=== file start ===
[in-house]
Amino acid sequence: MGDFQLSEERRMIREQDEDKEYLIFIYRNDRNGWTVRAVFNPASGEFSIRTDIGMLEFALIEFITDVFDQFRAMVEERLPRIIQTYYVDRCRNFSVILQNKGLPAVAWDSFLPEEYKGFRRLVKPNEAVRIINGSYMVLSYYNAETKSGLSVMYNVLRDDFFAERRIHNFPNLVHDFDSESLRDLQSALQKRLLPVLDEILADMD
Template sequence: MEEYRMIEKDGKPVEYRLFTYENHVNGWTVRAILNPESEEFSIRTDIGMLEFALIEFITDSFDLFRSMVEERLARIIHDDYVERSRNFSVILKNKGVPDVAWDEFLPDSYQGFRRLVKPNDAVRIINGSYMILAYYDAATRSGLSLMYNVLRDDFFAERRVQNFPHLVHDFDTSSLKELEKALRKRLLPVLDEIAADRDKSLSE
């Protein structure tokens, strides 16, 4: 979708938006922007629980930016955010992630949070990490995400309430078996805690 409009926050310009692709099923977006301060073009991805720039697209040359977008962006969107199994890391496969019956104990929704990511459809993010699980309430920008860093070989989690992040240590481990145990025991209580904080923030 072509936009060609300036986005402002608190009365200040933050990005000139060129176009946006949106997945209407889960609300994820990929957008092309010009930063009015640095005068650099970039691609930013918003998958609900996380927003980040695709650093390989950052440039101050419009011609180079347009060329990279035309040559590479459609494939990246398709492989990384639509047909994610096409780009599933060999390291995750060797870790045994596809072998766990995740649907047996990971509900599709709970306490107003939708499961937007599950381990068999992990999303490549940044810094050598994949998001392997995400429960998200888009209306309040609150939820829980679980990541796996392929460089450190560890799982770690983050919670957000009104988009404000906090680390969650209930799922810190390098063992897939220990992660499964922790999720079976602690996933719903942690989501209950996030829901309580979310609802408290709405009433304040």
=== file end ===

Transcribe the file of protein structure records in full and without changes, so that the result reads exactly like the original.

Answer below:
[in-house]
Amino acid sequence: MGDFQLSEERRMIREQDEDKEYLIFIYRNDRNGWTVRAVFNPASGEFSIRTDIGMLEFALIEFITDVFDQFRAMVEERLPRIIQTYYVDRCRNFSVILQNKGLPAVAWDSFLPEEYKGFRRLVKPNEAVRIINGSYMVLSYYNAETKSGLSVMYNVLRDDFFAERRIHNFPNLVHDFDSESLRDLQSALQKRLLPVLDEILADMD
Template sequence: MEEYRMIEKDGKPVEYRLFTYENHVNGWTVRAILNPESEEFSIRTDIGMLEFALIEFITDSFDLFRSMVEERLARIIHDDYVERSRNFSVILKNKGVPDVAWDEFLPDSYQGFRRLVKPNDAVRIINGSYMILAYYDAATRSGLSLMYNVLRDDFFAERRVQNFPHLVHDFDTSSLKELEKALRKRLLPVLDEIAADRDKSLSE
């Protein structure tokens, strides 16, 4: 979708938006922007629980930016955010992630949070990490995400309430078996805690 409009926050310009692709099923977006301060073009991805720039697209040359977008962006969107199994890391496969019956104990929704990511459809993010699980309430920008860093070989989690992040240590481990145990025991209580904080923030 072509936009060609300036986005402002608190009365200040933050990005000139060129176009946006949106997945209407889960609300994820990929957008092309010009930063009015640095005068650099970039691609930013918003998958609900996380927003980040695709650093390989950052440039101050419009011609180079347009060329990279035309040559590479459609494939990246398709492989990384639509047909994610096409780009599933060999390291995750060797870790045994596809072998766990995740649907047996990971509900599709709970306490107003939708499961937007599950381990068999992990999303490549940044810094050598994949998001392997995400429960998200888009209306309040609150939820829980679980990541796996392929460089450190560890799982770690983050919670957000009104988009404000906090680390969650209930799922810190390098063992897939220990992660499964922790999720079976602690996933719903942690989501209950996030829901309580979310609802408290709405009433304040």